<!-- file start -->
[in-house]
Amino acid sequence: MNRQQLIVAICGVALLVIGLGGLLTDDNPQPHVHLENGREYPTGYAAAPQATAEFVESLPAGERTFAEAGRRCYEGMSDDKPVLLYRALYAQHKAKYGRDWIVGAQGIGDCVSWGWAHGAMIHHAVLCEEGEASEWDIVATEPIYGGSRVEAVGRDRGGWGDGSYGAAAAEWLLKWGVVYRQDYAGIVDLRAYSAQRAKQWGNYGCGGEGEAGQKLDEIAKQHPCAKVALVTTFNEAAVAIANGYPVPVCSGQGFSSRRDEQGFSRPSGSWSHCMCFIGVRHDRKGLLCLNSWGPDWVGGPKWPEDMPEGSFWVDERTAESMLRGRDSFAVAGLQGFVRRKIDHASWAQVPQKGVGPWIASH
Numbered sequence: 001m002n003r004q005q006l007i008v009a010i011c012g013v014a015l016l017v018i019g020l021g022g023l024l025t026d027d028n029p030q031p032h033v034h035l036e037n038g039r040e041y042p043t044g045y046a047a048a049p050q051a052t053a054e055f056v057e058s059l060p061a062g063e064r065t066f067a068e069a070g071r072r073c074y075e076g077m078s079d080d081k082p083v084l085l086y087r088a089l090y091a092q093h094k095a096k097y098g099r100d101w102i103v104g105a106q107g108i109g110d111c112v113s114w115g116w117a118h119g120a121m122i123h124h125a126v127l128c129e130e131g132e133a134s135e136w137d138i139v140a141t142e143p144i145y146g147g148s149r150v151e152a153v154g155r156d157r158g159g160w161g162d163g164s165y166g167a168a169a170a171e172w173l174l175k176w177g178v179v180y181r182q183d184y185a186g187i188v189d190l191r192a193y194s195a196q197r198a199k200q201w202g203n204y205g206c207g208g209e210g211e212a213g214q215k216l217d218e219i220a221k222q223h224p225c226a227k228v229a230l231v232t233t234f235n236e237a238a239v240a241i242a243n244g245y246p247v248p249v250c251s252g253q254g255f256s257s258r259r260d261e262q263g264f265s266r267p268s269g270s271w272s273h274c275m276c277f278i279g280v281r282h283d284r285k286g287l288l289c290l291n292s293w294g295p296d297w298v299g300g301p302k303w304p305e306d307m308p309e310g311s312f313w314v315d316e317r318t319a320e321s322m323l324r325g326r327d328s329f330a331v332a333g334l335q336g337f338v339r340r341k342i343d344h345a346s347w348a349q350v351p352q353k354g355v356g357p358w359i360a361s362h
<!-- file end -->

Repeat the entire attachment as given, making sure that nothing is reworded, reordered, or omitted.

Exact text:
[in-house]
Amino acid sequence: MNRQQLIVAICGVALLVIGLGGLLTDDNPQPHVHLENGREYPTGYAAAPQATAEFVESLPAGERTFAEAGRRCYEGMSDDKPVLLYRALYAQHKAKYGRDWIVGAQGIGDCVSWGWAHGAMIHHAVLCEEGEASEWDIVATEPIYGGSRVEAVGRDRGGWGDGSYGAAAAEWLLKWGVVYRQDYAGIVDLRAYSAQRAKQWGNYGCGGEGEAGQKLDEIAKQHPCAKVALVTTFNEAAVAIANGYPVPVCSGQGFSSRRDEQGFSRPSGSWSHCMCFIGVRHDRKGLLCLNSWGPDWVGGPKWPEDMPEGSFWVDERTAESMLRGRDSFAVAGLQGFVRRKIDHASWAQVPQKGVGPWIASH
Numbered sequence: 001m002n003r004q005q006l007i008v009a010i011c012g013v014a015l016l017v018i019g020l021g022g023l024l025t026d027d028n029p030q031p032h033v034h035l036e037n038g039r040e041y042p043t044g045y046a047a048a049p050q051a052t053a054e055f056v057e058s059l060p061a062g063e064r065t066f067a068e069a070g071r072r073c074y075e076g077m078s079d080d081k082p083v084l085l086y087r088a089l090y091a092q093h094k095a096k097y098g099r100d101w102i103v104g105a106q107g108i109g110d111c112v113s114w115g116w117a118h119g120a121m122i123h124h125a126v127l128c129e130e131g132e133a134s135e136w137d138i139v140a141t142e143p144i145y146g147g148s149r150v151e152a153v154g155r156d157r158g159g160w161g162d163g164s165y166g167a168a169a170a171e172w173l174l175k176w177g178v179v180y181r182q183d184y185a186g187i188v189d190l191r192a193y194s195a196q197r198a199k200q201w202g203n204y205g206c207g208g209e210g211e212a213g214q215k216l217d218e219i220a221k222q223h224p225c226a227k228v229a230l231v232t233t234f235n236e237a238a239v240a241i242a243n244g245y246p247v248p249v250c251s252g253q254g255f256s257s258r259r260d261e262q263g264f265s266r267p268s269g270s271w272s273h274c275m276c277f278i279g280v281r282h283d284r285k286g287l288l289c290l291n292s293w294g295p296d297w298v299g300g301p302k303w304p305e306d307m308p309e310g311s312f313w314v315d316e317r318t319a320e321s322m323l324r325g326r327d328s329f330a331v332a333g334l335q336g337f338v339r340r341k342i343d344h345a346s347w348a349q350v351p352q353k354g355v356g357p358w359i360a361s362h